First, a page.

Simulation Lab Overview

Simulation Definition

Simulation is a technique – not a technology – to replace or amplify real patient experiences with guided experiences, artificially contrived, that evoke or replicate substantial aspects of the real world in a fully interactive manner.

Why Use Simulation?

Faculty of Nursing and Health Sciences at Bethlehem University adopts simulation as a training tool and methodology to improve students, individual, learners and team performance. Simulation provides the opportunity to train staff without risk to patients. The ability to frequently practice and manage complex medical scenarios helps to prevent medical errors, while detailed feedback promotes discussion and reinforces the learning process. So, using simulation will help to:

  • Reduces human error
  • Increase learner’s skill development
  • Practice skills in a controlled and safe environment
  • Facilitate on-demand access to patients

Simulation Learning and Training Methods

  1. Curriculum integration: Simulation based education will be integrated in the nursing curriculum and built into learners’ normal training schedules to meet the courses objectives.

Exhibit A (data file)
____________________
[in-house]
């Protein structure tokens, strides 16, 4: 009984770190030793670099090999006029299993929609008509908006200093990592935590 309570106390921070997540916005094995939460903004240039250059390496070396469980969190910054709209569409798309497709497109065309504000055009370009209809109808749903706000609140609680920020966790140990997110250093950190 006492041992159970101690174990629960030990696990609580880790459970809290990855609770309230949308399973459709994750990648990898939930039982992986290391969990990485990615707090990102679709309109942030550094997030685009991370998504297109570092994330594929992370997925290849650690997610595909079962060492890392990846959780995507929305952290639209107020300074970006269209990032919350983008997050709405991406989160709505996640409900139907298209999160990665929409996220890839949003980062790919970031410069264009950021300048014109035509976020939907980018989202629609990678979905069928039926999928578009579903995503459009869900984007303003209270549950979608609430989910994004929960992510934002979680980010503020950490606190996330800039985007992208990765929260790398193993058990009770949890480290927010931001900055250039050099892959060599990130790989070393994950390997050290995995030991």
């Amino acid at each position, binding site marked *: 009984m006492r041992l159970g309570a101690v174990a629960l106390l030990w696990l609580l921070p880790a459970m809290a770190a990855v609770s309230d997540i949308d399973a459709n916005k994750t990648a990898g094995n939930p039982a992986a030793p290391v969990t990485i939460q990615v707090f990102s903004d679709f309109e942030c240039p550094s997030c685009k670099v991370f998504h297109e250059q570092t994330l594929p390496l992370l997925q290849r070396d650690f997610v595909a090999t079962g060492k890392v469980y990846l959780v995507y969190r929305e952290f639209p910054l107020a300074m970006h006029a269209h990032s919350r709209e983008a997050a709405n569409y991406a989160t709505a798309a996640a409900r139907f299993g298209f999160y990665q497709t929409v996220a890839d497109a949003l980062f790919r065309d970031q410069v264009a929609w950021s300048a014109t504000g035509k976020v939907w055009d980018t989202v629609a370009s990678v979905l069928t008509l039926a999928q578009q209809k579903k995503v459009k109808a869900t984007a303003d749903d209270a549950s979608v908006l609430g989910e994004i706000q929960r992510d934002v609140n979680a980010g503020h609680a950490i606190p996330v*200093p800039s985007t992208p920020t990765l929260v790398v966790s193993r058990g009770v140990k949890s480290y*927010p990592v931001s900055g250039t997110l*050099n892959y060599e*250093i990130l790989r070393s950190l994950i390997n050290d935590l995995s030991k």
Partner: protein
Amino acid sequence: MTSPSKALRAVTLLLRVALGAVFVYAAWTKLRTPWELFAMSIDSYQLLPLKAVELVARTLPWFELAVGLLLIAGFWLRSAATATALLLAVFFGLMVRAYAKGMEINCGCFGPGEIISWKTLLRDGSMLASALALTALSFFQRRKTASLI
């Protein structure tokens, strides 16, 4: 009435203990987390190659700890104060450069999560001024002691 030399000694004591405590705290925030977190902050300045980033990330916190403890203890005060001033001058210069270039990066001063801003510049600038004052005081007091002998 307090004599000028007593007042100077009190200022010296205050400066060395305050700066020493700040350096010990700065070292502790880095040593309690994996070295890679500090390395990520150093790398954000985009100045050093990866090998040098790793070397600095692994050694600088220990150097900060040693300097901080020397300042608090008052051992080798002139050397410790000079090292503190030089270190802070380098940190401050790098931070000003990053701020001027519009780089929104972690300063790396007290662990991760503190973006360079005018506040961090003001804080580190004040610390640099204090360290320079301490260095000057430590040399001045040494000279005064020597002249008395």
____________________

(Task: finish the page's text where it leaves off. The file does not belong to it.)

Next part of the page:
2. Repetitive practice: Repetitive practice involves intense and repetitive learner engagement in a focused, controlled domain. Skill repetition in practice session gives learners opportunities to correct errors, polish their performance and make skill demonstration effortless and automatic.
  3. Providing feedback: Feedback, knowledge of results of one’s performance, is the single most important feature of simulation based medical education.
  4. Range of difficulty: Trainees begin at basic skill levels, demonstrate performance mastery against objective criteria and standards and proceed to training at progressively higher difficulty levels.
  5. Individualized learning: The opportunity for learners to have reproducible standardized educational experiences where they are active participants, not passive bystanders, is an important quality of the use of high fidelity medical simulators.
  6. Defined learning outcomes and measures: Learners are more likely to master key skills if the outcomes are defined and appropriate for their level of training.
  7. Multiple learning strategies: Multiple learning strategies include but are not limited to instructor-centered education involving either large group (e.g. lectures), or small groups (e.g. tutorials), small group and/or individual independent learning with or without an instructor. Of course, optimal use of high fidelity simulations in such different learning situations depends on the educational objectives being addressed and the extent of prior learning among trainees.

Simulation Scenarios